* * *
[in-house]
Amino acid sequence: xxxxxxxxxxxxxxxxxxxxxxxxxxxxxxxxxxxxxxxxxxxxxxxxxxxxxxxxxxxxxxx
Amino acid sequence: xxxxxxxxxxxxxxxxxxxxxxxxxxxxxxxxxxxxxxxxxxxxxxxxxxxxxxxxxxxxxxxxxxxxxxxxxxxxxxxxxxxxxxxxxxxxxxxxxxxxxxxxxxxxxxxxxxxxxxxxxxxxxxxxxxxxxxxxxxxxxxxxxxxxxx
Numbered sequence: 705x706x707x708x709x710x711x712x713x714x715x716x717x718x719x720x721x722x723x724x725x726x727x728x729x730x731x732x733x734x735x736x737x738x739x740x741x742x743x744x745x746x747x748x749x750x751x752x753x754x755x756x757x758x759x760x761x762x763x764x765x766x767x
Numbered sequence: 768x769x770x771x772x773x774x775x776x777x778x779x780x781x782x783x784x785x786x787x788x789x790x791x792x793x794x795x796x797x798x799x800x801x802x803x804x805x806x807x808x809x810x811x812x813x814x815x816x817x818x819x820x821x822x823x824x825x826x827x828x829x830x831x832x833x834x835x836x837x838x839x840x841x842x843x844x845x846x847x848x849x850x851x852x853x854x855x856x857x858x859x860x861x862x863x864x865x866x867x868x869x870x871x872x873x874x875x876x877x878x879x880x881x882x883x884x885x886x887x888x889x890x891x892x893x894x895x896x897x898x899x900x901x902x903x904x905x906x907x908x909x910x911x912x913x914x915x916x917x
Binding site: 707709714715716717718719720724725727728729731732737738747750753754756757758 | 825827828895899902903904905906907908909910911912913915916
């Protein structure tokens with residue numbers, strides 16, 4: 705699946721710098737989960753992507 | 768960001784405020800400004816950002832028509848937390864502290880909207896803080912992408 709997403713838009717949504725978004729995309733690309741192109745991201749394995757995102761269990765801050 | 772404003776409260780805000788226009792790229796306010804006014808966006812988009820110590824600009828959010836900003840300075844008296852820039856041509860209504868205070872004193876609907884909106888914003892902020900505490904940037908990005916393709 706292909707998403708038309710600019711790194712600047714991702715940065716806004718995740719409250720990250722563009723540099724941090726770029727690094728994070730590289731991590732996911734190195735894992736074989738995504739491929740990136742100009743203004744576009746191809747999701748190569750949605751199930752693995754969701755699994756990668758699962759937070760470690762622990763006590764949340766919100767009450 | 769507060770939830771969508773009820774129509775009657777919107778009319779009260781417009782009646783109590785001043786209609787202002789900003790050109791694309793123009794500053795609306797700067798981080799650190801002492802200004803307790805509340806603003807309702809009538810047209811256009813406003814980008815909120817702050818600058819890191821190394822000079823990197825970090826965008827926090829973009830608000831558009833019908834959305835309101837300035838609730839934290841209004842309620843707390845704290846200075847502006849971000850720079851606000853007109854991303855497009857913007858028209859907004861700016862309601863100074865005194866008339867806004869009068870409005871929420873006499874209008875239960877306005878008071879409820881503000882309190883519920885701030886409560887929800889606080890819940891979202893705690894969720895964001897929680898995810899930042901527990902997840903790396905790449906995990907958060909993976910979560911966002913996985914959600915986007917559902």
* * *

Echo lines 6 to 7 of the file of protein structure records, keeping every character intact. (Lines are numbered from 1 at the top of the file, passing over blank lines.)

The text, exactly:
Binding site: 707709714715716717718719720724725727728729731732737738747750753754756757758 | 825827828895899902903904905906907908909910911912913915916
């Protein structure tokens with residue numbers, strides 16, 4: 705699946721710098737989960753992507 | 768960001784405020800400004816950002832028509848937390864502290880909207896803080912992408 709997403713838009717949504725978004729995309733690309741192109745991201749394995757995102761269990765801050 | 772404003776409260780805000788226009792790229796306010804006014808966006812988009820110590824600009828959010836900003840300075844008296852820039856041509860209504868205070872004193876609907884909106888914003892902020900505490904940037908990005916393709 706292909707998403708038309710600019711790194712600047714991702715940065716806004718995740719409250720990250722563009723540099724941090726770029727690094728994070730590289731991590732996911734190195735894992736074989738995504739491929740990136742100009743203004744576009746191809747999701748190569750949605751199930752693995754969701755699994756990668758699962759937070760470690762622990763006590764949340766919100767009450 | 769507060770939830771969508773009820774129509775009657777919107778009319779009260781417009782009646783109590785001043786209609787202002789900003790050109791694309793123009794500053795609306797700067798981080799650190801002492802200004803307790805509340806603003807309702809009538810047209811256009813406003814980008815909120817702050818600058819890191821190394822000079823990197825970090826965008827926090829973009830608000831558009833019908834959305835309101837300035838609730839934290841209004842309620843707390845704290846200075847502006849971000850720079851606000853007109854991303855497009857913007858028209859907004861700016862309601863100074865005194866008339867806004869009068870409005871929420873006499874209008875239960877306005878008071879409820881503000882309190883519920885701030886409560887929800889606080890819940891979202893705690894969720895964001897929680898995810899930042901527990902997840903790396905790449906995990907958060909993976910979560911966002913996985914959600915986007917559902």